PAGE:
Before I address the inaccuracies and fallacies in their statements, here is a transcript of what Graham and Dobson had to say:
Franklin Graham: “We have allowed the Enemy to come into our churches. I was talking to some Christians and they were talking about how they invited these gay children to come into their home and to come into the church and that they were wanting to influence them. And I thought to myself, they’re not going to influence those kids; those kids are going to influence those parent’s children. What happens is we think we can fight by smiling and being real nice and loving. We have to understand who the Enemy is and what he wants to do. He wants to devour our homes. He wants to devour this nation and we have to be so careful who we let our kids hang out with. We have to be so careful who we let into the churches.”
A moment later, after saying that gay people could go to heaven if they repented of their sins and accepted Christ, Graham said: “You cannot stay gay and continue to call yourself a Christian. You can’t do it.”
We’ll save Dobson’s statements for a bit later. For the moment, let’s break down where Graham made statements that were wrong and unbiblical with a few questions:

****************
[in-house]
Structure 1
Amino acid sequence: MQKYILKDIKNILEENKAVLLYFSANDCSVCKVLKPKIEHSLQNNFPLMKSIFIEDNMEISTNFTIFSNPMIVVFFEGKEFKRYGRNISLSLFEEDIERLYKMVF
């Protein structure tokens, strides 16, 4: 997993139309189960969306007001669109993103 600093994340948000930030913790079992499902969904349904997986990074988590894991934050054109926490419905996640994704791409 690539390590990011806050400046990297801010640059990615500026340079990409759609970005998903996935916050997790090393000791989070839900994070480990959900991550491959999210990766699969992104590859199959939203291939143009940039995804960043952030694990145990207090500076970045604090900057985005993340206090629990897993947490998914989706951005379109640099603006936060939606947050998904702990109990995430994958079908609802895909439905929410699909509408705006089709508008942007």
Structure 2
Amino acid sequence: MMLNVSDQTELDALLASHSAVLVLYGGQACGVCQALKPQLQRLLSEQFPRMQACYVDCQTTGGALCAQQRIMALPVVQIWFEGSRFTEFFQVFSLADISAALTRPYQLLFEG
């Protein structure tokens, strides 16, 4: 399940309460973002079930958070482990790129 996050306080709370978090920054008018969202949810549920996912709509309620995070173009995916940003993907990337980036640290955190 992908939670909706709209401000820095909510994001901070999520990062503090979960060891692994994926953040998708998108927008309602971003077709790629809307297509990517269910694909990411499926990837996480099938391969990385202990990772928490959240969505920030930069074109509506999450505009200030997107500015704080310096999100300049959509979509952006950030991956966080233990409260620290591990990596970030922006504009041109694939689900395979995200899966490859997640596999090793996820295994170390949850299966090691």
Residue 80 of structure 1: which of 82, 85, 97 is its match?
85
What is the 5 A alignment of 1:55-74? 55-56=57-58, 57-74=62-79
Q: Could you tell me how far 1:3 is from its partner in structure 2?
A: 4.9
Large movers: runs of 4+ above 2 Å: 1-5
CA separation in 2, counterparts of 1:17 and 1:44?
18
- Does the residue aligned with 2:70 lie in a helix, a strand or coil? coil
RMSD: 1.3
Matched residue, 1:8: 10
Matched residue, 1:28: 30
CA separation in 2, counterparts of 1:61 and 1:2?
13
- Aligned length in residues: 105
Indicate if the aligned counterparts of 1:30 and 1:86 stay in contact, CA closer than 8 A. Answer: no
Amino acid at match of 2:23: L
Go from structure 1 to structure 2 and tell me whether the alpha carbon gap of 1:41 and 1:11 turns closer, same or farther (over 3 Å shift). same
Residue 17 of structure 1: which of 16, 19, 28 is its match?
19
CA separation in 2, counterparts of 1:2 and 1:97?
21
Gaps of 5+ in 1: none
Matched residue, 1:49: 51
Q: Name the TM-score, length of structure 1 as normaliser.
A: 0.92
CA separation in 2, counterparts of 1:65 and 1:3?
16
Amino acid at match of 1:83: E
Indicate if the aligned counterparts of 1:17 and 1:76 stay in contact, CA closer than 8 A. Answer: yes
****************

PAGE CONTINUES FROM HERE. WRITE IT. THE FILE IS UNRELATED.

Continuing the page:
Is being gay a choice?
It appears that Graham thinks that being gay is a choice, since he suggests people can just stop being gay. So what does the Bible have to say about whether or not being gay is a choice?
Nothing. We can have great and lengthy theological debates about what the Bible says about sexual relationships as it relates to being gay, but there can be no debate about the origins of sexual orientation because the Bible never speaks to the subject. It only speaks to our behavior.
To draw our conclusions about the origins of sexual orientation, we have to turn to the life experience of flesh and blood gay people and what they tell us about how they came to be gay, as well as, for those of us who are heterosexual, our life experiences about how we came to be straight. And when you turn to those life experiences, they are remarkably similar in description. At the dawn of adolescence, some of us naturally, through no choice of our own, started to notice the opposite sex. Others, naturally, through no choice of their own, started to notice the same sex. Some gay people say they knew they were different long before those first actual sexual attractions appeared on the scene. What you don’t hear over and over again is that people made a choice. They didn’t. That’s not their description, and it’s not our own heterosexual experience, either. Since the Bible doesn’t speak to the issue of the origin of orientation, we can accept the validity of our experiences and move on.